Student Motivations for Voting Split Between Civic Duty and Moral Superiority


The voter turnout rate for young adults is staggeringly low. It would appear that millennials would rather “turn up” than “turn out.” However, students who did cast their ballots reported to have their motivations split between performing their civic duty and wanting to feel morally superior to others. “Student votes matter,” said Matthew Yang,  “But what matters more is that I can get an ‘I voted’ sticker afterwards to post on social media to prove how unlazy I was today even though I skipped my class and just e-mailed my teacher a picture of my sticker in the hopes it would count as an excused absence. It does not. I am failing.”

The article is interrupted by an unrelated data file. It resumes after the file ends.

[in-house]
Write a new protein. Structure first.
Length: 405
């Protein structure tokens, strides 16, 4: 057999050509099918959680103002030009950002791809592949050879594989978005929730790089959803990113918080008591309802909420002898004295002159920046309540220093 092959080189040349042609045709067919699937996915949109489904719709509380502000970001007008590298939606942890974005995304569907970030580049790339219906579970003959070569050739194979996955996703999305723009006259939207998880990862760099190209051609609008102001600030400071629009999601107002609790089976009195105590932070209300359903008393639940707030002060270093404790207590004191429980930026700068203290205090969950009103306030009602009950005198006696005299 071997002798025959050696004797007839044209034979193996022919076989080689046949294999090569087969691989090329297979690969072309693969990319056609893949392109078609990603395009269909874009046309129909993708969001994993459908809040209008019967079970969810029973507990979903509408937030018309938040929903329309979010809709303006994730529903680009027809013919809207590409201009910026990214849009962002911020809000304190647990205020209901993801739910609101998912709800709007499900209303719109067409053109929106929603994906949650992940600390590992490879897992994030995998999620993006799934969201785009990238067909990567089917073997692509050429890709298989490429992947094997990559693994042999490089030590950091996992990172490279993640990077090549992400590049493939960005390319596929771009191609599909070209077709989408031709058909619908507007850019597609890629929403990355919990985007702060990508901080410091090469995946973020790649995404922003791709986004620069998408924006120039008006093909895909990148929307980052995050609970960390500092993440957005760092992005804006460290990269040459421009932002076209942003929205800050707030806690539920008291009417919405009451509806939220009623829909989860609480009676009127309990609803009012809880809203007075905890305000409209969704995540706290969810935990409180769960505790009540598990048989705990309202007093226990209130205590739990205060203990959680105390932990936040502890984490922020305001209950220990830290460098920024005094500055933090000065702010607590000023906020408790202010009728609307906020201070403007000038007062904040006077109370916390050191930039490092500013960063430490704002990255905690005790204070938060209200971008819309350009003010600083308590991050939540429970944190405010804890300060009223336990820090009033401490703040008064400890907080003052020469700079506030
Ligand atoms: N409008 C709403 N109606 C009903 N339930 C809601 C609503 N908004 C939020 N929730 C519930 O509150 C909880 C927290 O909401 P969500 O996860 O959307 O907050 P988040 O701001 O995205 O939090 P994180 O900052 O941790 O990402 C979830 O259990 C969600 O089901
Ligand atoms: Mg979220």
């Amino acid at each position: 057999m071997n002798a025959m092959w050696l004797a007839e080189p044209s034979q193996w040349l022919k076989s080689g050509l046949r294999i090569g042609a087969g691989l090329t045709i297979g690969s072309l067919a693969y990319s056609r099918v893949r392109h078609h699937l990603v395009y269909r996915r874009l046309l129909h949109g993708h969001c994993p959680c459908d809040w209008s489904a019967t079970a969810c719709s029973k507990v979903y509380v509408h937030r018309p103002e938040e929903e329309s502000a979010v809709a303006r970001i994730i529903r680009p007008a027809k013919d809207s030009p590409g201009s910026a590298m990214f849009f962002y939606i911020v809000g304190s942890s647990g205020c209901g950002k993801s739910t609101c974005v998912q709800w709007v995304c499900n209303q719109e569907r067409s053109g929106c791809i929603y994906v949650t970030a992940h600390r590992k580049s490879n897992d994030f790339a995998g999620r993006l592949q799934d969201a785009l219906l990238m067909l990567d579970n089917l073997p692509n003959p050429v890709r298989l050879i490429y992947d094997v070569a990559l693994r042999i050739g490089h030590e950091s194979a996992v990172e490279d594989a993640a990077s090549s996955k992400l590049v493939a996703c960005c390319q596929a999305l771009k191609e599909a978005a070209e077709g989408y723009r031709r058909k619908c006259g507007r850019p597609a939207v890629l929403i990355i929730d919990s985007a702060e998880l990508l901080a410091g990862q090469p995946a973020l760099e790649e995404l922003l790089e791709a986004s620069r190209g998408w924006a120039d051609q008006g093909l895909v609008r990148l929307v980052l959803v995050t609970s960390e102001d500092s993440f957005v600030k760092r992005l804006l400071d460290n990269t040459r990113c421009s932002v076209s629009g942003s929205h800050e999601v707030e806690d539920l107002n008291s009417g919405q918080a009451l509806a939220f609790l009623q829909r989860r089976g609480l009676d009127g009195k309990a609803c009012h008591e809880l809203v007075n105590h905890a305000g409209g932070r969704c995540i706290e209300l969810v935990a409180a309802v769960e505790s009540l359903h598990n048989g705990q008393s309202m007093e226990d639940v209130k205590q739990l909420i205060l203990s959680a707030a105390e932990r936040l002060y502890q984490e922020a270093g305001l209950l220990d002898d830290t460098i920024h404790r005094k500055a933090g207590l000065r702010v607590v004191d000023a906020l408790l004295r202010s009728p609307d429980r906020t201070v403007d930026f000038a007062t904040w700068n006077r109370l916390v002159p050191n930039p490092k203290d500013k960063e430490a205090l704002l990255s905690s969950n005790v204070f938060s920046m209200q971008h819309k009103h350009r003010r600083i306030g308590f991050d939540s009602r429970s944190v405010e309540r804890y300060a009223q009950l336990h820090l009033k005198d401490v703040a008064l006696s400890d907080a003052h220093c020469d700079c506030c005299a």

“It’s just so hard to stay informed these days and everyone’s so passionate about their candidate,” said Chelsea Patel, while in line to vote. “People keep on telling me they’re “feeling the Hill” or they’re #Withhim and it’s all very overwhelming. Civic duty, schmivic duty, I’m voting so I can guiltlessly complain all I want if my preferred candidate doesn’t win.”

Knowing social media will be flooded with people exercising their right to brag, Marco Rubio has promised free hand stuff to anyone who will add #Rubio to their Snapchat mirror selfie telling you to go vote and that they think they’re better than you. Sadly, the polls show that not even free butt stuff could help Rubio win the nomination, despite his embarrassing and false assertion that “Florida is Marco Rubio country.”